We examined intraspecific relationships in the eastern fox squirrel (Sciurus niger) and the eastern gray squirrel (S. carolinensis) using sequence variation in a portion of the mitochondrial DNA cytochrome-b gene and part of the D-loop in the control region. These closely related species are codistributed temperate forest obligates that have similar generation time and population ecologies. For both species, we documented high haplotype diversity, low nucleotide variation, and several groups of divergent haplotypes. However, there is a general lack of spatial structure in maternal lineages within each species. For S. carolinensis, we observed a pattern of population genetic structure that suggests the presence of at least 2 distinct refugial populations that evolved in isolation during the Pleistocene (approximately 98.3–266.3 thousand years ago [kya]) and subsequently expanded to the species' current range following the last glacial maximum. For S. niger, the genetic structure was much less pronounced, with fewer strongly diverged haplotypes. This finding suggests that eastern fox squirrels persisted in either a single population in a glacial refugium or as several refugial populations that maintained gene flow throughout the Pleistocene. For both species, there is evidence that scattered populations were present in multiple, small refugia close to the Laurentide Ice Sheet, allowing rapid range expansion following glacial recession. Taken together, our results indicate that S. niger and S. carolinensis underwent multiple episodes of genetic divergence during isolation in glacial refugia, followed by range expansion and contact that resulted in admixture of divergent maternal lineages within each species during interglacials. Examination of our data further indicates that the most recent range expansion in both species occurred within the past 12–20 kya.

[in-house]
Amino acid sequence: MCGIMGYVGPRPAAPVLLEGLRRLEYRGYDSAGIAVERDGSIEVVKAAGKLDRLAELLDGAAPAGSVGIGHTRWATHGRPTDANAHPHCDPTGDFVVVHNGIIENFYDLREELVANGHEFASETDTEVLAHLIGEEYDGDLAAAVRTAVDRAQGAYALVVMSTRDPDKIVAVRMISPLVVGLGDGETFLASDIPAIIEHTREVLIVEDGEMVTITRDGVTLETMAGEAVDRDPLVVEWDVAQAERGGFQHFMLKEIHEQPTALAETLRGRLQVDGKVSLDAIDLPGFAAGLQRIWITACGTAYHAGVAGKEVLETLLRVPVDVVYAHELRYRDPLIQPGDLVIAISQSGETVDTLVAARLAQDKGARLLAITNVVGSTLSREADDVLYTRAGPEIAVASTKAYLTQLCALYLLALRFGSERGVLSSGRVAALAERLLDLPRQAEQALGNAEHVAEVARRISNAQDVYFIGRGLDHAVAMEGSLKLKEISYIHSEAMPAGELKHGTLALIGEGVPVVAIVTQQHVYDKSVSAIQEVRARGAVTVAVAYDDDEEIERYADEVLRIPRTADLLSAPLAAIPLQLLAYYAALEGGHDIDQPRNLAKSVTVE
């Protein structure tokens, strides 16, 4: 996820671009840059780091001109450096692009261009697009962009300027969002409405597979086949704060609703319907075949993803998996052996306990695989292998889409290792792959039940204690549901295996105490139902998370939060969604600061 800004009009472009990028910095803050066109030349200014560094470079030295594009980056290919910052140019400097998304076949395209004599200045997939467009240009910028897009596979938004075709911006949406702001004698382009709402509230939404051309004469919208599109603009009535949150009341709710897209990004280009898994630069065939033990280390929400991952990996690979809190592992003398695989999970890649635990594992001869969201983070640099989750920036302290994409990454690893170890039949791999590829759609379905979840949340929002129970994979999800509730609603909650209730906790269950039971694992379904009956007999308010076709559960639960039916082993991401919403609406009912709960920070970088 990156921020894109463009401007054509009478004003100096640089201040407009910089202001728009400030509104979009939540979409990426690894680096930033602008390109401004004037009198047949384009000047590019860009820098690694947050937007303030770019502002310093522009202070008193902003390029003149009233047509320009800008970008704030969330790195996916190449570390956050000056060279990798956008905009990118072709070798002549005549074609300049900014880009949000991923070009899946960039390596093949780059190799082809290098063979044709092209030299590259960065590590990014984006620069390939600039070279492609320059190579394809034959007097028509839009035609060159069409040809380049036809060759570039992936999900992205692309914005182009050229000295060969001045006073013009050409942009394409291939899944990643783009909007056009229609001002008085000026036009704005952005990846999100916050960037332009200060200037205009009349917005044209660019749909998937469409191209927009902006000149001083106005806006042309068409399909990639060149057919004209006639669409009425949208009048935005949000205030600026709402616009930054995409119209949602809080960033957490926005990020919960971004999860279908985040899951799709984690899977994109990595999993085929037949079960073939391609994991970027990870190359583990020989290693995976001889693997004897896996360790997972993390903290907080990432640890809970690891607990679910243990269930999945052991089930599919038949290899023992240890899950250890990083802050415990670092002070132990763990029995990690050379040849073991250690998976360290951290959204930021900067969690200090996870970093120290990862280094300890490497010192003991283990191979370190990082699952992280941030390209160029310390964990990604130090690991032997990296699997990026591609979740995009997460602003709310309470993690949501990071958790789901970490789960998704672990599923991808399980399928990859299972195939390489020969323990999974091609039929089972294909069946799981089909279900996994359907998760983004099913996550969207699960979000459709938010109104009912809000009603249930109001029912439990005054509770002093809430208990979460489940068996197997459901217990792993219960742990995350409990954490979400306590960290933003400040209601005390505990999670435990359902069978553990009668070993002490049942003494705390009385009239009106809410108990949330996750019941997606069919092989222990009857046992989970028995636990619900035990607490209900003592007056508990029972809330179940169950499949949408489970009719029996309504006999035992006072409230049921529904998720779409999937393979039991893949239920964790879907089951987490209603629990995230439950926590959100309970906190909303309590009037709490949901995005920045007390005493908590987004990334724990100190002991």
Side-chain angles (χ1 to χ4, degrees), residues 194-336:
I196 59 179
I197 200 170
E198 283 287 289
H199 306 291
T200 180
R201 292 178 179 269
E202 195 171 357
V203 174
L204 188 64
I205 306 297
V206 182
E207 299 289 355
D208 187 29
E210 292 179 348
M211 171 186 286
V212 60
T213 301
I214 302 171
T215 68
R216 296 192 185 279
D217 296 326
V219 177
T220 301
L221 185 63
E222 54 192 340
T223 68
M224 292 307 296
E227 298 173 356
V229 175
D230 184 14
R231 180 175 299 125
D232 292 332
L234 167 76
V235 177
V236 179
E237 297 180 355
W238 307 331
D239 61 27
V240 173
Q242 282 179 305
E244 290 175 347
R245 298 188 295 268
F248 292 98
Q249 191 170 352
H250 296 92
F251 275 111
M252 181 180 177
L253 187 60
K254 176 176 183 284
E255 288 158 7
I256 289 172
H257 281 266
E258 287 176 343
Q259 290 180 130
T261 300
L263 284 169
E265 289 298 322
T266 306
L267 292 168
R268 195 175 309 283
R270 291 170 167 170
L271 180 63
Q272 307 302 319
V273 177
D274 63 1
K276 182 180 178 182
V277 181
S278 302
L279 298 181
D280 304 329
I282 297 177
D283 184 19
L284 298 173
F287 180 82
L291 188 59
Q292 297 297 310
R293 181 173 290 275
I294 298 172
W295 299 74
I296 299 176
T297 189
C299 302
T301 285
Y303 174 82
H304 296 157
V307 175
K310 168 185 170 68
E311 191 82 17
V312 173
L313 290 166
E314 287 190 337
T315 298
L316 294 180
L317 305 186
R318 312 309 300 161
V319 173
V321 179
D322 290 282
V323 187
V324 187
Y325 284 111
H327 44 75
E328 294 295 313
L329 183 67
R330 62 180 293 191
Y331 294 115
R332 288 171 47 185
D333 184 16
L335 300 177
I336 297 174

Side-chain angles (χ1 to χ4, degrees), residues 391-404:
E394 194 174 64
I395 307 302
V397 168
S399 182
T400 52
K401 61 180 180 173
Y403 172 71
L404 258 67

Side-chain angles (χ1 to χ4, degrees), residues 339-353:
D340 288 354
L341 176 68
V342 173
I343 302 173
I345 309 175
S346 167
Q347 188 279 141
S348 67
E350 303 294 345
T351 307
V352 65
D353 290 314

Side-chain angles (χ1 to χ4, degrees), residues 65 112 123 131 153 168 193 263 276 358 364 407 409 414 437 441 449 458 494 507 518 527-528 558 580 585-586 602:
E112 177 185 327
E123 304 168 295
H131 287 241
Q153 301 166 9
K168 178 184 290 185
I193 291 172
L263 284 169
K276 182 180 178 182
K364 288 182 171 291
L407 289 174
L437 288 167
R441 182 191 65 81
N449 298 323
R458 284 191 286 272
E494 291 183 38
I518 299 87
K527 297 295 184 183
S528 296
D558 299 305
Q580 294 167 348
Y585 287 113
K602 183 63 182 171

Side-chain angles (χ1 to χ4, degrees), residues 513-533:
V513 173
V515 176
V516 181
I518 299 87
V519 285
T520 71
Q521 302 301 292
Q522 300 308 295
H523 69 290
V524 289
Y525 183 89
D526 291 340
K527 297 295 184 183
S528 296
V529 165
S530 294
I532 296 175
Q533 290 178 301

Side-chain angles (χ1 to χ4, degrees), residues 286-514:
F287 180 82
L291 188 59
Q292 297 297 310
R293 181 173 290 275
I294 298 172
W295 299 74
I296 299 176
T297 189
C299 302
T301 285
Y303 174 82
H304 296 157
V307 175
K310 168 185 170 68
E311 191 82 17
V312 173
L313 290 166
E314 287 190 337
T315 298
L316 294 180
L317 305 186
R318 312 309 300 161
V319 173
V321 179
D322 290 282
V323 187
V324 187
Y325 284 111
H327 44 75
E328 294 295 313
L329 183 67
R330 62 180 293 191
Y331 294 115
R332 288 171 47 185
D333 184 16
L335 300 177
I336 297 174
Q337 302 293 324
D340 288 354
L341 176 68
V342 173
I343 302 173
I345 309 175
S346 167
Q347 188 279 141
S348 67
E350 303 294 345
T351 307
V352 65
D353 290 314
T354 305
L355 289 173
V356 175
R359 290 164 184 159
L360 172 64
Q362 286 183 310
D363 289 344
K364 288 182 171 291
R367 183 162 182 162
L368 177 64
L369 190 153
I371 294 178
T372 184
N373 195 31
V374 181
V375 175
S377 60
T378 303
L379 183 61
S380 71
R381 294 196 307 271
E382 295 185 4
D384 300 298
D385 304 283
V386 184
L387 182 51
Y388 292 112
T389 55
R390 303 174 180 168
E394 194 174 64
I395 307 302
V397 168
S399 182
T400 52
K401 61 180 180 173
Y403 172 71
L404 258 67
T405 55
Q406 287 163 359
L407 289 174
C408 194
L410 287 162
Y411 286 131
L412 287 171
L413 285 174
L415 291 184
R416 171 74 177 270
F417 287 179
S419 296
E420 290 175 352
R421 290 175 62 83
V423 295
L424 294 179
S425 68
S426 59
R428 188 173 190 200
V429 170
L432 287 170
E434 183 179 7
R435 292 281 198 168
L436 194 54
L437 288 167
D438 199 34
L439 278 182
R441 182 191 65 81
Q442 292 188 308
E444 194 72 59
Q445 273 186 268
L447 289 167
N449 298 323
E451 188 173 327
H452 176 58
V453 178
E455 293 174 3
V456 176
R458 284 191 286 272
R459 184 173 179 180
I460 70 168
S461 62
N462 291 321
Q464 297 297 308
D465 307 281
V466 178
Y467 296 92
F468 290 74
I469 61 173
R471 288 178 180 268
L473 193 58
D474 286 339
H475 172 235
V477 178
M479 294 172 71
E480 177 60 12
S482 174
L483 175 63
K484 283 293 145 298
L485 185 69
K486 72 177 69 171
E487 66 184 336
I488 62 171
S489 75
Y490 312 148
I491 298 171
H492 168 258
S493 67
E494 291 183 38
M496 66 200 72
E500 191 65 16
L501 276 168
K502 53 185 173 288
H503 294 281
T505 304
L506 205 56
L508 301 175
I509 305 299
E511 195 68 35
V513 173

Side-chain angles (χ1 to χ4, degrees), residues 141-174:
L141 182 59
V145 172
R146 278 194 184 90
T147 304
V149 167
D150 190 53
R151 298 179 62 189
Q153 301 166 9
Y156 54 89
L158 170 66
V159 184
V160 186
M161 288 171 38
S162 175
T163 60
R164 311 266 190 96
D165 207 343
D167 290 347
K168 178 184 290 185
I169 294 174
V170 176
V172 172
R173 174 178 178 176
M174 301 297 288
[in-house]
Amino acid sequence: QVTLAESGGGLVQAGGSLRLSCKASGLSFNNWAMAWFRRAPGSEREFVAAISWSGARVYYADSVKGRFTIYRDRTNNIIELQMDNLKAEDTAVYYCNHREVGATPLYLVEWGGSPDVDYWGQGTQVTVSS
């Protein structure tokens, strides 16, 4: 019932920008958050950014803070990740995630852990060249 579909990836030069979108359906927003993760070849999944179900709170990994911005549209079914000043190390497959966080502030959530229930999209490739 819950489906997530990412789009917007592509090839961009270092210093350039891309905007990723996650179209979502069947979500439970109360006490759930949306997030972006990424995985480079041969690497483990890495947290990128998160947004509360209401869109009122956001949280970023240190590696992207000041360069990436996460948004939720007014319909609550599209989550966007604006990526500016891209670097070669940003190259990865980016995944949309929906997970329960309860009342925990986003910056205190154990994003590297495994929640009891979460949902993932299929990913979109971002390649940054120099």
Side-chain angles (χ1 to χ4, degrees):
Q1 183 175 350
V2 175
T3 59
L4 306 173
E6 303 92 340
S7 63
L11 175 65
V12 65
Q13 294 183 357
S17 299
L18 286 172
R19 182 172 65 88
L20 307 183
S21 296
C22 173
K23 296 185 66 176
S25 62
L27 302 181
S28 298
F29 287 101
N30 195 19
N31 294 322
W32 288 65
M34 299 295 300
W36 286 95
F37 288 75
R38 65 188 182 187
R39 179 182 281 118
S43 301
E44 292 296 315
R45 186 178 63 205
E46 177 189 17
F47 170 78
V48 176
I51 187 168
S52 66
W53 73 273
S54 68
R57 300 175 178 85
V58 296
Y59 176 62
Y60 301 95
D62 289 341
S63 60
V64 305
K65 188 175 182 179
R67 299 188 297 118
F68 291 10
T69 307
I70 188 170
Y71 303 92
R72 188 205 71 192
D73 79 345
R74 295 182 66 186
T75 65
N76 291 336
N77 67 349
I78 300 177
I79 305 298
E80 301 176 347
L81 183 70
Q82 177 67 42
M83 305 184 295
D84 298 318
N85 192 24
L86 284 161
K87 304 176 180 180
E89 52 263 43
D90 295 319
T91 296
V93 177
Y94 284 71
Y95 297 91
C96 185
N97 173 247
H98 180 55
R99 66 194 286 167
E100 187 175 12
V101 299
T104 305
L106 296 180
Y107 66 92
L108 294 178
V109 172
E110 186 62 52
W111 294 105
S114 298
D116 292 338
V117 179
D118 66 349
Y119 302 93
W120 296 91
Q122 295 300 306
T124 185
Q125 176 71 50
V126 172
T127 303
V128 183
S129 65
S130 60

You have requested a machine translation of selected content from our databases. This functionality is provided solely for your convenience and is in no way intended to replace human translation. Neither BioOne nor the owners and publishers of the content make, and they explicitly disclaim, any express or implied representations or warranties of any kind, including, without limitation, representations and warranties as to the functionality of the translation feature or the accuracy or completeness of the translations.
Translations are not retained in our system. Your use of this feature and the translations is subject to all use restrictions contained in the Terms and Conditions of Use of the BioOne website.